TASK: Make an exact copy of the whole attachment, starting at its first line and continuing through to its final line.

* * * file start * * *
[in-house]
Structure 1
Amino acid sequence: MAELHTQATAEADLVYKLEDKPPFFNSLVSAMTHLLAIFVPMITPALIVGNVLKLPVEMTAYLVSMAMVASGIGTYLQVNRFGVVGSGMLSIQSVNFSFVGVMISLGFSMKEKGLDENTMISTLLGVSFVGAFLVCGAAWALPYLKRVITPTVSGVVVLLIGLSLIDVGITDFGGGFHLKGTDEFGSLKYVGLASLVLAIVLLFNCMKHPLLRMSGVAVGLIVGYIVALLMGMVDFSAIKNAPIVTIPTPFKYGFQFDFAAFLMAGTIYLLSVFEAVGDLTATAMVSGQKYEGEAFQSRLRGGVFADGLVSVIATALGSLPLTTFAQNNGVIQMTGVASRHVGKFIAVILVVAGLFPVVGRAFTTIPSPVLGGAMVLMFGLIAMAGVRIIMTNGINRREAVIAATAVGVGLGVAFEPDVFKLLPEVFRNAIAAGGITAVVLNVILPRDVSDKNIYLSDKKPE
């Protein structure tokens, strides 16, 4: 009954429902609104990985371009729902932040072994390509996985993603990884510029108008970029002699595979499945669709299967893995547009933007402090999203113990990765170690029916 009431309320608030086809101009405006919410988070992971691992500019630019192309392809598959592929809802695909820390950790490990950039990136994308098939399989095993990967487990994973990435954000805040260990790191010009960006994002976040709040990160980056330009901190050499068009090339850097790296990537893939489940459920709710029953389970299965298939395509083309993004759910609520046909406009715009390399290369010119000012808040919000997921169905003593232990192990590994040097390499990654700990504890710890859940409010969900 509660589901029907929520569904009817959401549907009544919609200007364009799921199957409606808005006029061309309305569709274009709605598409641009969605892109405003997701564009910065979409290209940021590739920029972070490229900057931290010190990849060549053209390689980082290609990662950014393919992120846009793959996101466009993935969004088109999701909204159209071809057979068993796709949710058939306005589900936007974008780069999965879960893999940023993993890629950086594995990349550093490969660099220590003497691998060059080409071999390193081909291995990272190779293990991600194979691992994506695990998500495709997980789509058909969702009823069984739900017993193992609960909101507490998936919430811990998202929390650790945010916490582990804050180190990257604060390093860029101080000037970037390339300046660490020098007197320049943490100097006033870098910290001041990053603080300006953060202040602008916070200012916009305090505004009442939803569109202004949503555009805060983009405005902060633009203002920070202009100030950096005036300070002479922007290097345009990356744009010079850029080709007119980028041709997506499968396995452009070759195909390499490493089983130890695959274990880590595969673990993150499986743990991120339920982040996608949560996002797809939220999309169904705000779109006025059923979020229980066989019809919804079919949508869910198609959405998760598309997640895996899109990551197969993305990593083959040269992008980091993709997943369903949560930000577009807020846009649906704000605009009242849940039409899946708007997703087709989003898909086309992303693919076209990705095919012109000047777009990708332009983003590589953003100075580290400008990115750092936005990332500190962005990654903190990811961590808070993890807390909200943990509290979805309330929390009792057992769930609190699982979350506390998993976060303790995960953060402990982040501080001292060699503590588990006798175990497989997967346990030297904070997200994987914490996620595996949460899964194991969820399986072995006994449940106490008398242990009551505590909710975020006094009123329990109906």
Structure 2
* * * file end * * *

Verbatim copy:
[in-house]
Structure 1
Amino acid sequence: MAELHTQATAEADLVYKLEDKPPFFNSLVSAMTHLLAIFVPMITPALIVGNVLKLPVEMTAYLVSMAMVASGIGTYLQVNRFGVVGSGMLSIQSVNFSFVGVMISLGFSMKEKGLDENTMISTLLGVSFVGAFLVCGAAWALPYLKRVITPTVSGVVVLLIGLSLIDVGITDFGGGFHLKGTDEFGSLKYVGLASLVLAIVLLFNCMKHPLLRMSGVAVGLIVGYIVALLMGMVDFSAIKNAPIVTIPTPFKYGFQFDFAAFLMAGTIYLLSVFEAVGDLTATAMVSGQKYEGEAFQSRLRGGVFADGLVSVIATALGSLPLTTFAQNNGVIQMTGVASRHVGKFIAVILVVAGLFPVVGRAFTTIPSPVLGGAMVLMFGLIAMAGVRIIMTNGINRREAVIAATAVGVGLGVAFEPDVFKLLPEVFRNAIAAGGITAVVLNVILPRDVSDKNIYLSDKKPE
């Protein structure tokens, strides 16, 4: 009954429902609104990985371009729902932040072994390509996985993603990884510029108008970029002699595979499945669709299967893995547009933007402090999203113990990765170690029916 009431309320608030086809101009405006919410988070992971691992500019630019192309392809598959592929809802695909820390950790490990950039990136994308098939399989095993990967487990994973990435954000805040260990790191010009960006994002976040709040990160980056330009901190050499068009090339850097790296990537893939489940459920709710029953389970299965298939395509083309993004759910609520046909406009715009390399290369010119000012808040919000997921169905003593232990192990590994040097390499990654700990504890710890859940409010969900 509660589901029907929520569904009817959401549907009544919609200007364009799921199957409606808005006029061309309305569709274009709605598409641009969605892109405003997701564009910065979409290209940021590739920029972070490229900057931290010190990849060549053209390689980082290609990662950014393919992120846009793959996101466009993935969004088109999701909204159209071809057979068993796709949710058939306005589900936007974008780069999965879960893999940023993993890629950086594995990349550093490969660099220590003497691998060059080409071999390193081909291995990272190779293990991600194979691992994506695990998500495709997980789509058909969702009823069984739900017993193992609960909101507490998936919430811990998202929390650790945010916490582990804050180190990257604060390093860029101080000037970037390339300046660490020098007197320049943490100097006033870098910290001041990053603080300006953060202040602008916070200012916009305090505004009442939803569109202004949503555009805060983009405005902060633009203002920070202009100030950096005036300070002479922007290097345009990356744009010079850029080709007119980028041709997506499968396995452009070759195909390499490493089983130890695959274990880590595969673990993150499986743990991120339920982040996608949560996002797809939220999309169904705000779109006025059923979020229980066989019809919804079919949508869910198609959405998760598309997640895996899109990551197969993305990593083959040269992008980091993709997943369903949560930000577009807020846009649906704000605009009242849940039409899946708007997703087709989003898909086309992303693919076209990705095919012109000047777009990708332009983003590589953003100075580290400008990115750092936005990332500190962005990654903190990811961590808070993890807390909200943990509290979805309330929390009792057992769930609190699982979350506390998993976060303790995960953060402990982040501080001292060699503590588990006798175990497989997967346990030297904070997200994987914490996620595996949460899964194991969820399986072995006994449940106490008398242990009551505590909710975020006094009123329990109906």
Structure 2